“How could this be?!?” Perfect Katie admonished.  “You have never spent a romantic afternoon picnicking and watching the sky with the man you have been dating/married to for 8 years?”

Nope.  And I don’t think we are necessarily unusual in having missed that particular relationship milestone, although Perfect Katie has a point.  There are a whole lot of things that we haven’t done in our 8 year relationship, including holding stereos above our heads to assuage an argument or competing in a dance-off to win each others’ affection.  We just aren’t those kind of people.

But we have, as Wordsworth states “seen into the life of things” on the trail; as we chattered mindlessly through the trees, occasionally something would make us stop and listen.  We practiced capturing that perfect moment through the lens, the moment that we realized we are part of the goings-on of this trail, that while we feel like visitors in the forest, we are  involved in life here despite ourselves.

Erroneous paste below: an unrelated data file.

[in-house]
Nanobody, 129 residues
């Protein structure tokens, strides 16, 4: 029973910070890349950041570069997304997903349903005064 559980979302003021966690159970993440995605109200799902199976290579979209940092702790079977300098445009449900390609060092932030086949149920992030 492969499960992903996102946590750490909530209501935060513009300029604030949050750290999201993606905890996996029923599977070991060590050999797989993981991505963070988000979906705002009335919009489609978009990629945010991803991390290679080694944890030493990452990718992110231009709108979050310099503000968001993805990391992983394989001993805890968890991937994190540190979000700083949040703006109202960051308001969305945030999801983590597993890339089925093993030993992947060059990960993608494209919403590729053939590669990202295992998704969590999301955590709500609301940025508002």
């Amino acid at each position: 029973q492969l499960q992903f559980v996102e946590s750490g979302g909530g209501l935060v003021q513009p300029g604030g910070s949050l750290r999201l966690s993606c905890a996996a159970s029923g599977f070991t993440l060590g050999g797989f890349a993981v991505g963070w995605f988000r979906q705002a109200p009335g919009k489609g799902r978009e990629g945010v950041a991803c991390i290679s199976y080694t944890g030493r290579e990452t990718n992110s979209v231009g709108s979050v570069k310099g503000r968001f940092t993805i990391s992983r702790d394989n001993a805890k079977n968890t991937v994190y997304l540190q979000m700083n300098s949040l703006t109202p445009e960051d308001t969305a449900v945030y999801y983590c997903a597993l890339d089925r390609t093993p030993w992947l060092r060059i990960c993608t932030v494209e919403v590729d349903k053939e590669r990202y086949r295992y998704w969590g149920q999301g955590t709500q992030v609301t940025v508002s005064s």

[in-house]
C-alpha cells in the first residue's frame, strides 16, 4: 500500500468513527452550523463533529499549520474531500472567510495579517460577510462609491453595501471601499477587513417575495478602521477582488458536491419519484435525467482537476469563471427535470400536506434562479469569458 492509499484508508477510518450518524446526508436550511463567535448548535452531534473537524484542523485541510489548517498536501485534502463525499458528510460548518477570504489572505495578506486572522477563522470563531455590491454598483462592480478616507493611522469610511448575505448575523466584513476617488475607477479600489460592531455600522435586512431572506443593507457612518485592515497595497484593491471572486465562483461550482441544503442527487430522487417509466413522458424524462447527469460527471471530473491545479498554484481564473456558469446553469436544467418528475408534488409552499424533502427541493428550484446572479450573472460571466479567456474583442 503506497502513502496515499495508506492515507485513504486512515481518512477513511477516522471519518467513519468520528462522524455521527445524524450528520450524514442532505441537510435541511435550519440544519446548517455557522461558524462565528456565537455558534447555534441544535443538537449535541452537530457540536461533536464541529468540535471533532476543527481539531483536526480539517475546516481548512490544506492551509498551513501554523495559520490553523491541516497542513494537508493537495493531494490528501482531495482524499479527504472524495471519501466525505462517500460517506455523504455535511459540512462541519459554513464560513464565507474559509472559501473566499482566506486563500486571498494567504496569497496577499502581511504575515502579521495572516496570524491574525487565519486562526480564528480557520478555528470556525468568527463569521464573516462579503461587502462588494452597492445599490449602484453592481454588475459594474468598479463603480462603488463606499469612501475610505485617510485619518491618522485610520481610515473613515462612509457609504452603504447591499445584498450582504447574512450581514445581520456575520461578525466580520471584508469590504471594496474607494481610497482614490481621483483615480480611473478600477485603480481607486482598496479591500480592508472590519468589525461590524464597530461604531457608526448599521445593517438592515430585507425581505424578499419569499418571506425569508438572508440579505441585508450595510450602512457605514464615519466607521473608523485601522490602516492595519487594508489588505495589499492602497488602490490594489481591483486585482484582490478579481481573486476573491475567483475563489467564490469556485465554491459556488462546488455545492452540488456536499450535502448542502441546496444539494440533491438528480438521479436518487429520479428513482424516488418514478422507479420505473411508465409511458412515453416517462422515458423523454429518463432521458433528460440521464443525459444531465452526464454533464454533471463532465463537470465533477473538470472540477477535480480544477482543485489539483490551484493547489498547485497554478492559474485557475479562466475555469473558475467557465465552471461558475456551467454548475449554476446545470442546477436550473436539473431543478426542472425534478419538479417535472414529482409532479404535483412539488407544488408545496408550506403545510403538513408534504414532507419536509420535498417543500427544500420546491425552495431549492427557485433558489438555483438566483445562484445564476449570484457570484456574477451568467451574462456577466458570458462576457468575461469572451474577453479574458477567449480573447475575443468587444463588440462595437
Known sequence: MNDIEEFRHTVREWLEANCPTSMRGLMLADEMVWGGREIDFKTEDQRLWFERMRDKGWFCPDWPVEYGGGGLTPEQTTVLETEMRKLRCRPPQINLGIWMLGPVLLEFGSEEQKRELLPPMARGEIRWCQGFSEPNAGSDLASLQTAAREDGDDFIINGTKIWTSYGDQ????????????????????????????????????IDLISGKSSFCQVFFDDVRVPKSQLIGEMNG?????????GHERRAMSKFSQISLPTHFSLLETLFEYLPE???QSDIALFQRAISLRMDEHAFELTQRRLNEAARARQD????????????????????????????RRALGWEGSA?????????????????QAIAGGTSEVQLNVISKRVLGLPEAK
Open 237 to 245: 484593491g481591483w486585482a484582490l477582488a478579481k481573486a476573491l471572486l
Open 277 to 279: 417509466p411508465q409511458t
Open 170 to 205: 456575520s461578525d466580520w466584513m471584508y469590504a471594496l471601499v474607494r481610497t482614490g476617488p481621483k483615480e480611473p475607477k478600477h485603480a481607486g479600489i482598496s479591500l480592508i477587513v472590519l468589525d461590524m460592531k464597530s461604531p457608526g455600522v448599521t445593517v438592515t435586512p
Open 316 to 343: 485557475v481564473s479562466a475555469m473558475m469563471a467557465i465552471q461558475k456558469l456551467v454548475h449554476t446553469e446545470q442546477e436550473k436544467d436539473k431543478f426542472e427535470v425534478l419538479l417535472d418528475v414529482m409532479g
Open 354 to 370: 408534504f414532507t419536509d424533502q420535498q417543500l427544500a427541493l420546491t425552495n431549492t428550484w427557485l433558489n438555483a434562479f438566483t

We see into the life of things.--Wordsworth

Dan kept hoping to see a bear; thankfully, we did not.

And we have watched and heard and felt water rustling from every corner of the park into a Lake that flows as far as we can see, to Canada and beyond. It is clear water, it hides nothing, and we have seen into its depths, from 200 feet in the air.

047

The Cliffs

We have seen the sun play tricks on our eyes on misty trails, as relics decompose.

146

On the Trail to Twelve-Mile Beach

We have stood on cliffs on which we felt a Whitman-esque YAWP, even if we didn’t actually YAWP–again, we aren’t those kind of people.

106

I looked on the rooftops of the world–I did not sound a barbaric YAWP.